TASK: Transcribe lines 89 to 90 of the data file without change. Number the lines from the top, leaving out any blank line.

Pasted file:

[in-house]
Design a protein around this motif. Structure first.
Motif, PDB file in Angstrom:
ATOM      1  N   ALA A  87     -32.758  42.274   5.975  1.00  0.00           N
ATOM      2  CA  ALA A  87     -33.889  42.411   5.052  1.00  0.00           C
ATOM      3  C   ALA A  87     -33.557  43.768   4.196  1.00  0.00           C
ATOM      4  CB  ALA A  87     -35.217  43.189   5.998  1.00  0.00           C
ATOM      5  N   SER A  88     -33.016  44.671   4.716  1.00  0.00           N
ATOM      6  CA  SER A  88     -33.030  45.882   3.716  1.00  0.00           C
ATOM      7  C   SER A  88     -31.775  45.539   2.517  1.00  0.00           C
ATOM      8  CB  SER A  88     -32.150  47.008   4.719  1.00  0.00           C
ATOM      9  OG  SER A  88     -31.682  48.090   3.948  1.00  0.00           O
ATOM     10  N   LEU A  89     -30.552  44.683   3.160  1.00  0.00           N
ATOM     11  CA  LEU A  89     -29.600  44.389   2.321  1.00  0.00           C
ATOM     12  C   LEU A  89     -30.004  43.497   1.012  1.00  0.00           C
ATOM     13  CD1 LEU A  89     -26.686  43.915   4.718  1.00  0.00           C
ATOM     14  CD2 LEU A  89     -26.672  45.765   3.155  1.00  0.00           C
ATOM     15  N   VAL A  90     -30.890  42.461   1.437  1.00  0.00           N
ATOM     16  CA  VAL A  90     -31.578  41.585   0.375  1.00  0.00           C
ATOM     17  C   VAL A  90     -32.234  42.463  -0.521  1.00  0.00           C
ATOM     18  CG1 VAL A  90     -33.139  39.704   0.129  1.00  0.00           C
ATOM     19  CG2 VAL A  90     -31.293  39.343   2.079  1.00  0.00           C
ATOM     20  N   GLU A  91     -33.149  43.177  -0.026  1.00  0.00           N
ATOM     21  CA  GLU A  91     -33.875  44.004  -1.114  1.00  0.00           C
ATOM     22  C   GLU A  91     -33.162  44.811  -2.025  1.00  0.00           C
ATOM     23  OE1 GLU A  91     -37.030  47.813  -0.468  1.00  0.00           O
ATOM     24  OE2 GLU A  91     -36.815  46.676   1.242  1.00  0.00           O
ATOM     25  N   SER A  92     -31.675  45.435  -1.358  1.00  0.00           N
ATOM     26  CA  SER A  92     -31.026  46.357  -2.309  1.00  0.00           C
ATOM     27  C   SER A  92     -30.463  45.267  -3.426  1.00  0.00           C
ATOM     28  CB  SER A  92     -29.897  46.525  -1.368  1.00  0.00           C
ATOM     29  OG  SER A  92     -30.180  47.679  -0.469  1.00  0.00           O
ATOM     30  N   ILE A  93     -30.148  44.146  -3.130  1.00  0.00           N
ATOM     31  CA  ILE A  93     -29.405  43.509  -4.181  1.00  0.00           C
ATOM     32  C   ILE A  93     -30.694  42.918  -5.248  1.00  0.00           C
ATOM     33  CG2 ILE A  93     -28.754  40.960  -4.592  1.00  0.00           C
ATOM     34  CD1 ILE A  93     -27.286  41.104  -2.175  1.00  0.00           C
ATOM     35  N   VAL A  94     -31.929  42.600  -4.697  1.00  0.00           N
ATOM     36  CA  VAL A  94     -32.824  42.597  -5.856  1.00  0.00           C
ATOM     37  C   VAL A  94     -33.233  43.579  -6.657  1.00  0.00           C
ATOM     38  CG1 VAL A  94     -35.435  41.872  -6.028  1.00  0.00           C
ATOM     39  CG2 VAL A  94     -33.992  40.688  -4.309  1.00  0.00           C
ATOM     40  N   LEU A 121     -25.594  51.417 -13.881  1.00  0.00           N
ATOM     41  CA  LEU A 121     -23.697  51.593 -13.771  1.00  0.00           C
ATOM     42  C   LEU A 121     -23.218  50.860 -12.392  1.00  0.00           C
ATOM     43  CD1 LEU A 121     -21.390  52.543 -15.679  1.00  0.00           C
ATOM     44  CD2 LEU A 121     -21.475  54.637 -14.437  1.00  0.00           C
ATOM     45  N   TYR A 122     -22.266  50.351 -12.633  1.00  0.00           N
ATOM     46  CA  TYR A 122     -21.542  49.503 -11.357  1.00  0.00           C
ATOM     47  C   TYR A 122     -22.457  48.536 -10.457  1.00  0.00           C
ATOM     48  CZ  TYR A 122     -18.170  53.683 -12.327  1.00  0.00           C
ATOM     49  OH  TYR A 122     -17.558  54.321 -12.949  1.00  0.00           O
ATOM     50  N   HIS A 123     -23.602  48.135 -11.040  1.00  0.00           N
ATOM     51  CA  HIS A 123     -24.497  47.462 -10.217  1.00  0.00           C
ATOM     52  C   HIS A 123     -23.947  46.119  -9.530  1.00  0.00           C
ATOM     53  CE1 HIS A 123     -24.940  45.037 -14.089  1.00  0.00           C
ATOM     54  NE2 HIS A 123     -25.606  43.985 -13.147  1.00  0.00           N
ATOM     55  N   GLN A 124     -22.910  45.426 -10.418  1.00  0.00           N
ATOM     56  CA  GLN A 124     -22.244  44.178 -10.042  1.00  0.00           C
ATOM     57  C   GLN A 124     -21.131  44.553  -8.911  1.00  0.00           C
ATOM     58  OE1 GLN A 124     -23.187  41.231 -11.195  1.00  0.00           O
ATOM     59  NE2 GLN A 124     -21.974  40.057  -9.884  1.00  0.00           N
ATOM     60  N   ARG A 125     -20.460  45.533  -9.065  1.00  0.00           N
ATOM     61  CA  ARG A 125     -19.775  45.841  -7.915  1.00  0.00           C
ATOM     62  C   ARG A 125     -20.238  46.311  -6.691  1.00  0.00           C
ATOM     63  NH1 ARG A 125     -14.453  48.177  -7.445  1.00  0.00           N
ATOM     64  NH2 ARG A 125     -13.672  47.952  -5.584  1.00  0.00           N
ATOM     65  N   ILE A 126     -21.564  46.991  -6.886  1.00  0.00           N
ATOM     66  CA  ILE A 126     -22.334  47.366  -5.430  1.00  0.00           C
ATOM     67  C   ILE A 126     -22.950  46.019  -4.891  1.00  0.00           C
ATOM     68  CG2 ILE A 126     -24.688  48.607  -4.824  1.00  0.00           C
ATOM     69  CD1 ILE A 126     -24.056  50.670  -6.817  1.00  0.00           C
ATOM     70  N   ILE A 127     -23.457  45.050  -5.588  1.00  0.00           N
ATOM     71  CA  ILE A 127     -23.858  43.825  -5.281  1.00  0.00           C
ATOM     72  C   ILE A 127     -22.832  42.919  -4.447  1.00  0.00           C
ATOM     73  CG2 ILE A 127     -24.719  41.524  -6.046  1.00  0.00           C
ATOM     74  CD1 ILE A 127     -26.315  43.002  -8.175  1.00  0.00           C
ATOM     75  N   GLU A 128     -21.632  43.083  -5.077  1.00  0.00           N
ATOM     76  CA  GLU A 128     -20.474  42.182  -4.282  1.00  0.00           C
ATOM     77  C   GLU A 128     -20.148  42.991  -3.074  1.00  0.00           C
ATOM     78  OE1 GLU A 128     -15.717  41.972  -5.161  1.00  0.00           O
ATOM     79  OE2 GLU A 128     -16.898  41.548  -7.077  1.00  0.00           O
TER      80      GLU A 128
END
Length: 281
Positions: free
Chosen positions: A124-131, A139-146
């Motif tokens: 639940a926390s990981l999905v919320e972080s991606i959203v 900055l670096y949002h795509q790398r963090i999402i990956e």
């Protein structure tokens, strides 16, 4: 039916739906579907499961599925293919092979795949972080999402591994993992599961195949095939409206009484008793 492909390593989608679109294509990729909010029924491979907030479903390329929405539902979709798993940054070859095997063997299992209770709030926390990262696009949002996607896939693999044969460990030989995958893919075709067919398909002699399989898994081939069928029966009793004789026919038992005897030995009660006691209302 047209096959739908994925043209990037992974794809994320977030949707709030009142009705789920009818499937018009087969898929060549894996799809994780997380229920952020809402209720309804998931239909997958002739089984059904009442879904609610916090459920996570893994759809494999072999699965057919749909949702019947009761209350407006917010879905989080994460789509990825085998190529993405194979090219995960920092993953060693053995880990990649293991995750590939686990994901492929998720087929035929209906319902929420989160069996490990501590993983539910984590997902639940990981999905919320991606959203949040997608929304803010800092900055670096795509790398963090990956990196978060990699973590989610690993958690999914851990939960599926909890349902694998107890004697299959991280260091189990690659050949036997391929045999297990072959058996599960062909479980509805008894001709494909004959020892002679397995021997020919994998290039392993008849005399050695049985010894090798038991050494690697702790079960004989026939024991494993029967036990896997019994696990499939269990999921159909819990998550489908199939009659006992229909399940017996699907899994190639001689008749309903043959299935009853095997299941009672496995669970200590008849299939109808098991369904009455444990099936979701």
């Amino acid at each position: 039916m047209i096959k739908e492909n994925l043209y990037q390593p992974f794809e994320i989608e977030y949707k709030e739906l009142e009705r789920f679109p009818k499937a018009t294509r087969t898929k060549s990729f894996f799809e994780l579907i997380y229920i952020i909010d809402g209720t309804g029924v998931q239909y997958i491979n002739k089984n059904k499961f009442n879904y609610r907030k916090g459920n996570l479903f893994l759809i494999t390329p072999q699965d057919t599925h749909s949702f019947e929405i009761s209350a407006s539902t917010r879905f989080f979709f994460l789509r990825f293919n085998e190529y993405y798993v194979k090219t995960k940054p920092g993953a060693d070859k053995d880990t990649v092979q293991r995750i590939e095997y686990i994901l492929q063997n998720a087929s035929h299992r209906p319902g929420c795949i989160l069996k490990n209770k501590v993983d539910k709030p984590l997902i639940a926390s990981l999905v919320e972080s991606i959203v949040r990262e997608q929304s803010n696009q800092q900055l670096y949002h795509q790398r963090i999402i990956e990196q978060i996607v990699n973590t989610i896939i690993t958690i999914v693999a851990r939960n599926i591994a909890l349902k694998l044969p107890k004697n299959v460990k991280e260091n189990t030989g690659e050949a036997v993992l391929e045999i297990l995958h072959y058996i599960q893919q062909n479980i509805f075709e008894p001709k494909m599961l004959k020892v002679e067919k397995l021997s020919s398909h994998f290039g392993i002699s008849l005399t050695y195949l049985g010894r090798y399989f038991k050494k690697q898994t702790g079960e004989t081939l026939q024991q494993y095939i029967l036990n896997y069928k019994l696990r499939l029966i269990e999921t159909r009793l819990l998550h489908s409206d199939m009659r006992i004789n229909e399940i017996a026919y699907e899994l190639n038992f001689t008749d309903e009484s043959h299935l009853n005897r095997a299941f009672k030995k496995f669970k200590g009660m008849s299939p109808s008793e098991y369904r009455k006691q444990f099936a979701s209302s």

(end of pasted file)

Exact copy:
């Protein structure tokens, strides 16, 4: 039916739906579907499961599925293919092979795949972080999402591994993992599961195949095939409206009484008793 492909390593989608679109294509990729909010029924491979907030479903390329929405539902979709798993940054070859095997063997299992209770709030926390990262696009949002996607896939693999044969460990030989995958893919075709067919398909002699399989898994081939069928029966009793004789026919038992005897030995009660006691209302 047209096959739908994925043209990037992974794809994320977030949707709030009142009705789920009818499937018009087969898929060549894996799809994780997380229920952020809402209720309804998931239909997958002739089984059904009442879904609610916090459920996570893994759809494999072999699965057919749909949702019947009761209350407006917010879905989080994460789509990825085998190529993405194979090219995960920092993953060693053995880990990649293991995750590939686990994901492929998720087929035929209906319902929420989160069996490990501590993983539910984590997902639940990981999905919320991606959203949040997608929304803010800092900055670096795509790398963090990956990196978060990699973590989610690993958690999914851990939960599926909890349902694998107890004697299959991280260091189990690659050949036997391929045999297990072959058996599960062909479980509805008894001709494909004959020892002679397995021997020919994998290039392993008849005399050695049985010894090798038991050494690697702790079960004989026939024991494993029967036990896997019994696990499939269990999921159909819990998550489908199939009659006992229909399940017996699907899994190639001689008749309903043959299935009853095997299941009672496995669970200590008849299939109808098991369904009455444990099936979701």
């Amino acid at each position: 039916m047209i096959k739908e492909n994925l043209y990037q390593p992974f794809e994320i989608e977030y949707k709030e739906l009142e009705r789920f679109p009818k499937a018009t294509r087969t898929k060549s990729f894996f799809e994780l579907i997380y229920i952020i909010d809402g209720t309804g029924v998931q239909y997958i491979n002739k089984n059904k499961f009442n879904y609610r907030k916090g459920n996570l479903f893994l759809i494999t390329p072999q699965d057919t599925h749909s949702f019947e929405i009761s209350a407006s539902t917010r879905f989080f979709f994460l789509r990825f293919n085998e190529y993405y798993v194979k090219t995960k940054p920092g993953a060693d070859k053995d880990t990649v092979q293991r995750i590939e095997y686990i994901l492929q063997n998720a087929s035929h299992r209906p319902g929420c795949i989160l069996k490990n209770k501590v993983d539910k709030p984590l997902i639940a926390s990981l999905v919320e972080s991606i959203v949040r990262e997608q929304s803010n696009q800092q900055l670096y949002h795509q790398r963090i999402i990956e990196q978060i996607v990699n973590t989610i896939i690993t958690i999914v693999a851990r939960n599926i591994a909890l349902k694998l044969p107890k004697n299959v460990k991280e260091n189990t030989g690659e050949a036997v993992l391929e045999i297990l995958h072959y058996i599960q893919q062909n479980i509805f075709e008894p001709k494909m599961l004959k020892v002679e067919k397995l021997s020919s398909h994998f290039g392993i002699s008849l005399t050695y195949l049985g010894r090798y399989f038991k050494k690697q898994t702790g079960e004989t081939l026939q024991q494993y095939i029967l036990n896997y069928k019994l696990r499939l029966i269990e999921t159909r009793l819990l998550h489908s409206d199939m009659r006992i004789n229909e399940i017996a026919y699907e899994l190639n038992f001689t008749d309903e009484s043959h299935l009853n005897r095997a299941f009672k030995k496995f669970k200590g009660m008849s299939p109808s008793e098991y369904r009455k006691q444990f099936a979701s209302s």